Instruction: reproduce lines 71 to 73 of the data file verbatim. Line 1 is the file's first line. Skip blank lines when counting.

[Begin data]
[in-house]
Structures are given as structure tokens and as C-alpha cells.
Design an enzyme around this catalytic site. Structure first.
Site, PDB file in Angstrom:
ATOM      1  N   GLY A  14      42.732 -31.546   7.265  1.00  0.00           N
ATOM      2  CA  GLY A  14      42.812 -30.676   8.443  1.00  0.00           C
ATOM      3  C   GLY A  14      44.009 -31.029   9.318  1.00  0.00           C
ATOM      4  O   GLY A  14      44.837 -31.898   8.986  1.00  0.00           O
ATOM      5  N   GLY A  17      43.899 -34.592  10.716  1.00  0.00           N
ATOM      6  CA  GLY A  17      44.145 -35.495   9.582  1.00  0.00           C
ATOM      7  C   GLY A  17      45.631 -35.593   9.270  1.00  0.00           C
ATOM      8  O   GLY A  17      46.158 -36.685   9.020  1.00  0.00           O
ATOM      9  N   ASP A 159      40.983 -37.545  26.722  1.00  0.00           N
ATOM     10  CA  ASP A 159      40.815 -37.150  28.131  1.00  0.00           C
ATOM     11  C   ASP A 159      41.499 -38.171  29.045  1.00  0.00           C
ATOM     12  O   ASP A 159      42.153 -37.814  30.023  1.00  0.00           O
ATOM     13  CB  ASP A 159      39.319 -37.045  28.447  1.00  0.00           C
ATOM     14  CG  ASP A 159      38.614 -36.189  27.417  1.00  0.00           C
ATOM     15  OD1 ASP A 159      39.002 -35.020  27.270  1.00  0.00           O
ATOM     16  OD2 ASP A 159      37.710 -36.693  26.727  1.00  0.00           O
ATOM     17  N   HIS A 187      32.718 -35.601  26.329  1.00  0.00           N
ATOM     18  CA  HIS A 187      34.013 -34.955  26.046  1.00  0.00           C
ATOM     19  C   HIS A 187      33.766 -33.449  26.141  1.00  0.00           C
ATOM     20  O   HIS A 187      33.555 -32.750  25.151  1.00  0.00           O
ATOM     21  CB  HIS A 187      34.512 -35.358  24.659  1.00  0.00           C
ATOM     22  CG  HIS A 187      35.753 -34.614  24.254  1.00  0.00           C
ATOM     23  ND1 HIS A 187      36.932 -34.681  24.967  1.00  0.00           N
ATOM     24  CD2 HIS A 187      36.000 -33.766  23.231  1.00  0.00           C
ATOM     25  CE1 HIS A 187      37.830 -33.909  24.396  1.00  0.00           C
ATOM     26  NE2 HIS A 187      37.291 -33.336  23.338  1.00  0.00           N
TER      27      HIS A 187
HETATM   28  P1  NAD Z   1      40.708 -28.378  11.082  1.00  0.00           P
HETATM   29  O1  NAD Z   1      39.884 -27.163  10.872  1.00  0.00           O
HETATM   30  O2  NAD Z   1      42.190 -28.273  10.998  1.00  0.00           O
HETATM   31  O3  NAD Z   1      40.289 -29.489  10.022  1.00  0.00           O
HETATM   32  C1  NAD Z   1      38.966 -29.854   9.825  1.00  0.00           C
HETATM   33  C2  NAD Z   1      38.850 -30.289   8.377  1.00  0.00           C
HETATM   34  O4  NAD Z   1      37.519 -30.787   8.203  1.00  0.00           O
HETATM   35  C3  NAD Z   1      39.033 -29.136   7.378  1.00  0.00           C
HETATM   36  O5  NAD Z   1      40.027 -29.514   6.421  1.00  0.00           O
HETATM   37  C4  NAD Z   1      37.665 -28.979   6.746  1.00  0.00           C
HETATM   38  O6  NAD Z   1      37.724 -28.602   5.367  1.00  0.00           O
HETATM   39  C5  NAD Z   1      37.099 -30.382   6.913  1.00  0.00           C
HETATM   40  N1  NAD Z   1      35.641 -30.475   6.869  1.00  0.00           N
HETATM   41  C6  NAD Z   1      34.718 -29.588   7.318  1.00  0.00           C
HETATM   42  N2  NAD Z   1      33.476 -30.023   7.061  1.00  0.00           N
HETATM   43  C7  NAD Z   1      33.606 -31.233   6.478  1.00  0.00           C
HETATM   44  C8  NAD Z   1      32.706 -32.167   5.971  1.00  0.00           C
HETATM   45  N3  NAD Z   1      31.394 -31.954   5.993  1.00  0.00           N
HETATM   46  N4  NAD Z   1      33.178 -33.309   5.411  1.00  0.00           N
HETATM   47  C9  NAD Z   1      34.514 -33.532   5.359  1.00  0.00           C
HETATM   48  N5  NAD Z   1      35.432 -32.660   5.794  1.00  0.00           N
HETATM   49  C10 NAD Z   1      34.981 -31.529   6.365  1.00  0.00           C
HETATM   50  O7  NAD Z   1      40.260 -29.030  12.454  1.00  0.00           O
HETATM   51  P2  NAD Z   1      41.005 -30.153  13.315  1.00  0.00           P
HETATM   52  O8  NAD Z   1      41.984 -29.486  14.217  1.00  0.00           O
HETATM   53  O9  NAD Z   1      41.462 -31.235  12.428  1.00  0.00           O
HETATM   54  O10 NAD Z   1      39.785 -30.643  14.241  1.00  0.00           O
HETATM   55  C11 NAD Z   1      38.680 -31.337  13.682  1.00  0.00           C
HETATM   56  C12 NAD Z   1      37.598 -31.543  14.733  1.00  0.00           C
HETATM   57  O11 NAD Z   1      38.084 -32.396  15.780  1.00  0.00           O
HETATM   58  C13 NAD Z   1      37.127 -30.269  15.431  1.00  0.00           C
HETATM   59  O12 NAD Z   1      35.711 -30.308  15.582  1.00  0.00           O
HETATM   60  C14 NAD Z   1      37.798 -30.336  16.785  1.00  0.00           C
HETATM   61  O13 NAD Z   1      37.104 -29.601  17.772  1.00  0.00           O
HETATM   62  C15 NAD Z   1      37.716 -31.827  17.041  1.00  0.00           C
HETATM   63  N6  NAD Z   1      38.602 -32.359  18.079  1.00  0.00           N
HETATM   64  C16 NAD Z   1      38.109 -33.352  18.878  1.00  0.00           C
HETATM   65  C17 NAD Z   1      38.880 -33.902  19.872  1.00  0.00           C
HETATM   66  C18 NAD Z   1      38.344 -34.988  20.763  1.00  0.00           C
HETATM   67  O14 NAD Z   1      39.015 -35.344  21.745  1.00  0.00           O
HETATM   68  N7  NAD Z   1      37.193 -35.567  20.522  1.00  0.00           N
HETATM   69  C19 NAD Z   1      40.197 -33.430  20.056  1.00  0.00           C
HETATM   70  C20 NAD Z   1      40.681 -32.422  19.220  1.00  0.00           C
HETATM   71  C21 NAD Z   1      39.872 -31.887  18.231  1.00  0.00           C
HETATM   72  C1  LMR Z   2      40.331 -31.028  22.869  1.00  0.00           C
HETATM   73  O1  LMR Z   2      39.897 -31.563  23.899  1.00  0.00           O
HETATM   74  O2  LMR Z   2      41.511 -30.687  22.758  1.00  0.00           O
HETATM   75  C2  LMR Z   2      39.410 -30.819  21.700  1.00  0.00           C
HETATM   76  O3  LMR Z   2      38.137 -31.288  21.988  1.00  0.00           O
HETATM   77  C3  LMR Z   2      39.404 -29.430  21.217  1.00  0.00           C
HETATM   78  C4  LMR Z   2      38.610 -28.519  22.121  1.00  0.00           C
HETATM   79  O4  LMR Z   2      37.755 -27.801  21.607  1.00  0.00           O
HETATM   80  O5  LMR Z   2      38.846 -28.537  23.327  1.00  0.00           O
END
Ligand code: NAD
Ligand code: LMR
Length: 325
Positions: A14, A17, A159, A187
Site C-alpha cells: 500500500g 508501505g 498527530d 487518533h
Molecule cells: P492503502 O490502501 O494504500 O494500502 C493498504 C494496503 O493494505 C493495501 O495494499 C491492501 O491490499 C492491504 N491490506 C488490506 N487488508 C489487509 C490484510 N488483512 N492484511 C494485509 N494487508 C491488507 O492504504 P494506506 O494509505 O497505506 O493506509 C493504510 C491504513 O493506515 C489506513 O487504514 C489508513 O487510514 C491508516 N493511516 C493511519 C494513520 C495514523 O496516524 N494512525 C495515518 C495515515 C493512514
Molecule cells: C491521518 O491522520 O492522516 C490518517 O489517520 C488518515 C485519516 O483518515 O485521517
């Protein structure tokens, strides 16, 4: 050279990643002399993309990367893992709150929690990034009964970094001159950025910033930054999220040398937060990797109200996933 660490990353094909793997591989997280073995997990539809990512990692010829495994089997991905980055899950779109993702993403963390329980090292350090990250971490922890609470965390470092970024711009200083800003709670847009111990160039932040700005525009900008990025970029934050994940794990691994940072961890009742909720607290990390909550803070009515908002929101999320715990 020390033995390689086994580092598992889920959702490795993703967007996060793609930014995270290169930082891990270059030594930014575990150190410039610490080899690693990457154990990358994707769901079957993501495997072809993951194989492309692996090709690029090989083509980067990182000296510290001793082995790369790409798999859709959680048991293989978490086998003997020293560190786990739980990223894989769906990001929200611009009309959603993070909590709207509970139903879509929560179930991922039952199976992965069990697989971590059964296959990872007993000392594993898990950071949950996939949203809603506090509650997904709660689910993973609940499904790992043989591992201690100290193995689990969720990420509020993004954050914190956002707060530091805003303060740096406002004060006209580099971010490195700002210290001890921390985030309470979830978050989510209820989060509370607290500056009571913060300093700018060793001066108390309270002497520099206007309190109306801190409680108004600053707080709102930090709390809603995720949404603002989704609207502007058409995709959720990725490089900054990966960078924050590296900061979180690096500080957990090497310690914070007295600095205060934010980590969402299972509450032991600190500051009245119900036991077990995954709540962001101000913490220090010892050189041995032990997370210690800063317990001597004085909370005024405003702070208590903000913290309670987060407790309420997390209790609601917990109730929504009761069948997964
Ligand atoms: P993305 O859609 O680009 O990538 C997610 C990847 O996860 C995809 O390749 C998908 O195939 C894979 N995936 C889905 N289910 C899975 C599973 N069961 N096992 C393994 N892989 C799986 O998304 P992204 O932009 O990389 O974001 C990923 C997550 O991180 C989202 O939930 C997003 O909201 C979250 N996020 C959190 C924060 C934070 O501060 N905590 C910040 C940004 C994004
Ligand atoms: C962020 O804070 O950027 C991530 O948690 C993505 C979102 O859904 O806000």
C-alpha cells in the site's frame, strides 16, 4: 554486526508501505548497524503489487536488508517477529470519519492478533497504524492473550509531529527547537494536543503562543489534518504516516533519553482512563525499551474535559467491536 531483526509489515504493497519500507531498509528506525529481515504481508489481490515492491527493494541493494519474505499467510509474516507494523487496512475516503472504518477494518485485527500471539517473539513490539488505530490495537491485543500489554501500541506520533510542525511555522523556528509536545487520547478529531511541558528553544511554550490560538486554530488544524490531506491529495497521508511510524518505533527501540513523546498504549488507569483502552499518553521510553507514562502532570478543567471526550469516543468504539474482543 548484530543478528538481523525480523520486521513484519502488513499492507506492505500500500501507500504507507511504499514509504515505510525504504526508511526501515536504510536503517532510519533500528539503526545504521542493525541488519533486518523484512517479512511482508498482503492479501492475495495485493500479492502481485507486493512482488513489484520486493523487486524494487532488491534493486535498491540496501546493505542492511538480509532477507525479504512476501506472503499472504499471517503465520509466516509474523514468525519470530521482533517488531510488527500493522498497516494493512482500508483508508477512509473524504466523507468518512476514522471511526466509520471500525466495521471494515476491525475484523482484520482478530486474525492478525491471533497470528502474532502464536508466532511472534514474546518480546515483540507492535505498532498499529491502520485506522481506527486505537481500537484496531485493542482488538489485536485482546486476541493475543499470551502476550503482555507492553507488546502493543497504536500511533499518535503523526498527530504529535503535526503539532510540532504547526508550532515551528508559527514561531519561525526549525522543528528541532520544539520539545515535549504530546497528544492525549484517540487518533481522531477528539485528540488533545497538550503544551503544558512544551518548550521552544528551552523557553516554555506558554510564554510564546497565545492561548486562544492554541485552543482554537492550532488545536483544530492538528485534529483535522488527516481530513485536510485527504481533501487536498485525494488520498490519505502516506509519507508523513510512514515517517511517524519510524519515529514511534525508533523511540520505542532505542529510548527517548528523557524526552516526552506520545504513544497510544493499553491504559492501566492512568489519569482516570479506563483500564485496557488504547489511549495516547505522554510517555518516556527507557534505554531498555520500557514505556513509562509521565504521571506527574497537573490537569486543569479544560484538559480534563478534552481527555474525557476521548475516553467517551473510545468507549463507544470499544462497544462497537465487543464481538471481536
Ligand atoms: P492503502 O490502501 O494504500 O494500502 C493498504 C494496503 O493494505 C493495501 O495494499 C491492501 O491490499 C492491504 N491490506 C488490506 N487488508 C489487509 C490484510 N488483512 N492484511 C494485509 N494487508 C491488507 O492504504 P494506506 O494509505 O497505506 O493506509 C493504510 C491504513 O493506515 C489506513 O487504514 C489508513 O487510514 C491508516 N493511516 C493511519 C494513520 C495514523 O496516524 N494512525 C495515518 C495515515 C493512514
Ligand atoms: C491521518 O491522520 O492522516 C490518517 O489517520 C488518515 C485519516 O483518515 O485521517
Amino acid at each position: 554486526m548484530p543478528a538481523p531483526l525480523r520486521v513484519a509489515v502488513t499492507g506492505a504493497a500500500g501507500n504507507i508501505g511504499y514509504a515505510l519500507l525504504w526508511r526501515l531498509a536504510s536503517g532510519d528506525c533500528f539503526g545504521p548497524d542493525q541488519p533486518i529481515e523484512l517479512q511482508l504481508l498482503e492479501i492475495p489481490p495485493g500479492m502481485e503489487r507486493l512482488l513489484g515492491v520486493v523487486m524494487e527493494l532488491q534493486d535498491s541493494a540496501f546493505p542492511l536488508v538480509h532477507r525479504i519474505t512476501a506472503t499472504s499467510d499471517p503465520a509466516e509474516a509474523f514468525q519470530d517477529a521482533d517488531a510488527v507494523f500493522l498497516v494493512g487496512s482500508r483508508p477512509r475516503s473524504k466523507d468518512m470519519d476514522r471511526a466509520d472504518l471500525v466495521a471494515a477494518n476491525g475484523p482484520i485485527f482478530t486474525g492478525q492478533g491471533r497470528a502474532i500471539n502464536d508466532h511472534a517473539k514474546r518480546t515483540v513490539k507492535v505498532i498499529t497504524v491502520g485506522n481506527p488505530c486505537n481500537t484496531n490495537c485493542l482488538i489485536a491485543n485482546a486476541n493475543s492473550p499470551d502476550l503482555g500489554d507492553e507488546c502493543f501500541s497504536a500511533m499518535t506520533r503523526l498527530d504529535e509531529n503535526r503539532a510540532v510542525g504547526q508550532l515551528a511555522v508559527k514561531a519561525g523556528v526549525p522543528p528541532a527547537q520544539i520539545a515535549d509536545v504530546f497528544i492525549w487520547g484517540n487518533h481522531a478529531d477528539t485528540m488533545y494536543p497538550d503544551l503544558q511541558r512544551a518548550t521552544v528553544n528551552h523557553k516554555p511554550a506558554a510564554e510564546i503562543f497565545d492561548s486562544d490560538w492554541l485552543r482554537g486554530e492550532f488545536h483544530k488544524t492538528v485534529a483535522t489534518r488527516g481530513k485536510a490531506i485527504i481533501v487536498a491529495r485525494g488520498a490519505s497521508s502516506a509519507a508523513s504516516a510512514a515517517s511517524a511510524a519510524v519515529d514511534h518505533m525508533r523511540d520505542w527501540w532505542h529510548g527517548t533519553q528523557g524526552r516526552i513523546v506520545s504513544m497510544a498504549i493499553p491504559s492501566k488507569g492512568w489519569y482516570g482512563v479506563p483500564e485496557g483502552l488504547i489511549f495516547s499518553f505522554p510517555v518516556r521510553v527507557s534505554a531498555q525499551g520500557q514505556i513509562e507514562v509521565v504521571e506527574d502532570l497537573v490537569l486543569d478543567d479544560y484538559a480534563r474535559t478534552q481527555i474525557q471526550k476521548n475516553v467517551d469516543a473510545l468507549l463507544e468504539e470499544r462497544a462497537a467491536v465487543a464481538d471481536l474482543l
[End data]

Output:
HETATM   67  O14 NAD Z   1      39.015 -35.344  21.745  1.00  0.00           O
HETATM   68  N7  NAD Z   1      37.193 -35.567  20.522  1.00  0.00           N
HETATM   69  C19 NAD Z   1      40.197 -33.430  20.056  1.00  0.00           C